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The dam was proposed in the 1970s during a period of severe drought in northern Taiwan. The reservoir site was located on the Beishi River, which joins with the Nanshi River to form the Xindian Riverwhich flows through New Taipei City. A dam built here would hold back water during the wet season, when the flow in Nanshi River alone is enough to meet water demands, and release water to augment supplies as needed during the dry season. This dam site was considered favorable because of good soil and forest conditions of the upstream watershed; at the time human development consisted mainly of tea plantations. The quality was much better than the watershed behind Shihmen Dam, the other major water source for greater Taipei, which has suffered crippling sediment issues due to deforestation.In order to preserve the watershed, the Taiwan government evicted many residents in upstream areas. Although the Dam is located in New Taipei, construction was funded by Taipei City, in order to provid...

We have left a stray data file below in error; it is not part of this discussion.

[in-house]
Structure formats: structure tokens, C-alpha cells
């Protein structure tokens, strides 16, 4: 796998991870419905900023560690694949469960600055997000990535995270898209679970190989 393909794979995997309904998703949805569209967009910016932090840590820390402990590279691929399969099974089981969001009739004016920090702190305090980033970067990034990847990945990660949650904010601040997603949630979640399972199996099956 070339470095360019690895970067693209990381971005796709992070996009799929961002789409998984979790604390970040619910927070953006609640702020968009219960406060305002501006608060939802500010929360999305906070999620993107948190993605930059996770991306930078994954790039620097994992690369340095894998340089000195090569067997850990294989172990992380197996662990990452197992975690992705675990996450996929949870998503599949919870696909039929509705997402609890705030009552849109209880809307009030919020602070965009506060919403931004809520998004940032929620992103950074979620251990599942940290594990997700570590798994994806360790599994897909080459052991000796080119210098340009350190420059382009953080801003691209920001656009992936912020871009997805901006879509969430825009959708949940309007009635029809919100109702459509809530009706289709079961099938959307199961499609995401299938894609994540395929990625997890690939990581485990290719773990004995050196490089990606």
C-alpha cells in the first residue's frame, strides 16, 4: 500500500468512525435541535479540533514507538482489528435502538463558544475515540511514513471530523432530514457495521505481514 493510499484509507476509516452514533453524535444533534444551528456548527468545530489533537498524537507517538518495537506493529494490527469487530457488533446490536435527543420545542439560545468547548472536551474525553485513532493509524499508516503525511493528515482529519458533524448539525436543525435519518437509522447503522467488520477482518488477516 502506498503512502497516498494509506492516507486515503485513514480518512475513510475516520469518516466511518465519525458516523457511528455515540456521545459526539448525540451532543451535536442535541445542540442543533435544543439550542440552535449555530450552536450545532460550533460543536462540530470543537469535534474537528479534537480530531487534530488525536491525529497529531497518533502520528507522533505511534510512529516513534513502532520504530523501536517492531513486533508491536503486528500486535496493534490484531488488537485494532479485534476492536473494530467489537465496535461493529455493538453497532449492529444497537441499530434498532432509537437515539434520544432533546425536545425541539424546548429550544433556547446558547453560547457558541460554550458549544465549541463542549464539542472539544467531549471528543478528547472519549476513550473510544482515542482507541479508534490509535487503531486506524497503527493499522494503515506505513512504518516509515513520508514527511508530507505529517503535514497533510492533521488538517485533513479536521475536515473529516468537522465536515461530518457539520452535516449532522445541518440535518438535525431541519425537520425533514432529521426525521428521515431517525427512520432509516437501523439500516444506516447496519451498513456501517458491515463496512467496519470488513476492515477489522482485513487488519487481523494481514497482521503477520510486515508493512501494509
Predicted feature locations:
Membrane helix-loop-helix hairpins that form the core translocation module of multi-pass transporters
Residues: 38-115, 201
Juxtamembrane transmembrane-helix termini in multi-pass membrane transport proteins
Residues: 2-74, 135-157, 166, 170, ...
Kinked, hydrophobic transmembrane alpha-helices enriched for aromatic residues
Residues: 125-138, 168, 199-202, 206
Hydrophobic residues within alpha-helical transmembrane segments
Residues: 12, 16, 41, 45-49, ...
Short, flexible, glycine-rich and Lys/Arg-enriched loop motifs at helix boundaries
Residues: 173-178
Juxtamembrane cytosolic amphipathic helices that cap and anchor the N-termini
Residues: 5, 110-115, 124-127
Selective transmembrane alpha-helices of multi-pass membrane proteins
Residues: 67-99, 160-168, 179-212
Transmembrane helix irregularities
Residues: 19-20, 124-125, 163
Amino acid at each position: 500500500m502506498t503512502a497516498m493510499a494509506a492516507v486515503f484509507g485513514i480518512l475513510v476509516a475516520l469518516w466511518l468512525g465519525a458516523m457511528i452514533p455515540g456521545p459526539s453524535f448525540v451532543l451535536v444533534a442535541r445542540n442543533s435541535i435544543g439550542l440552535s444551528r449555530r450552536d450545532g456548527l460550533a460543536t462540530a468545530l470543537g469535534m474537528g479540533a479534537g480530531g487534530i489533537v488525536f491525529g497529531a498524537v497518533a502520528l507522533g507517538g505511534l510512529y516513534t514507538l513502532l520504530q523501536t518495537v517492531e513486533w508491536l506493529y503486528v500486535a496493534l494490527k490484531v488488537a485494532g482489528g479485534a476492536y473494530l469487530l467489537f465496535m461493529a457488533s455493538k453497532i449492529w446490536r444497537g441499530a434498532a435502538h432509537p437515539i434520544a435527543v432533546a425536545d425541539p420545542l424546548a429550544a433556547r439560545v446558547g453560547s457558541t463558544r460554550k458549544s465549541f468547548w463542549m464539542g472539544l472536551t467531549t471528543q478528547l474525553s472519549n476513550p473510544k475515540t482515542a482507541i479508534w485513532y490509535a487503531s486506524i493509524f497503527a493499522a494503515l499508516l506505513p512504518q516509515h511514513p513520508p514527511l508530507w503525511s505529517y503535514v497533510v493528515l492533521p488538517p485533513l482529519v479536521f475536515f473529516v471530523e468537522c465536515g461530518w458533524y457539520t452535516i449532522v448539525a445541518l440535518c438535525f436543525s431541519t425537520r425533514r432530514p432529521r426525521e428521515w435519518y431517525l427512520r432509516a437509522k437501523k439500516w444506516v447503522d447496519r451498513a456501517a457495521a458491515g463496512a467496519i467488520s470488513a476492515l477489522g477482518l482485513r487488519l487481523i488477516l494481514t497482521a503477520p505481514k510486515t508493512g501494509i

Feicui Dam is the largest concrete dam in Taiwan. The dam is a three-centered double curvature arch, 122.5 metres (402 ft) tall, 510 metres (1,670 ft) long, and consisting of 703,675 cubic metres (920,372 cu yd) of material. The dam crest has an elevation of 172.5 metres (566 ft) above sea level. A forebay dam 33 metres (108 ft) high is located immediately downstream, to reduce erosion from floodwater releases. Located in a seismically active zone, Feitsui Dam is designed to withstand a magnitude 7.0 earthquake. The Feicui Reservoir has a water storage capacity of 460 million cubic meters (370,000 acre feet) and an active capacity of 335.5 million cubic meters (272,000 acre feet). The reservoir is operated for water supply, with flood control and hydro power generation as secondary purposes. The main purchasers of water are Taipei Water Department and Taiwan Water Corporation. After the Zengwun Reservoir, Feicui is the second biggest lake in Taiwan. Hydroelectricity...
The dam and reservoir are noted for the lack of public access, in order to protect the quality of the drinking water. With the exception of maintenance workers and Taipei City officials, visitation to the dam itself requires a special appointment and must be accompanied by a certified guide. In 2014, a total of 15,798 people toured Feitsui dam compared to 1.7 million people who visited the Shihmen Dam. There are also few, if any designated access and view points on the 15 km (9.3 mi) long Feicui Reservoir. The closest major road is Provincial Highway 9.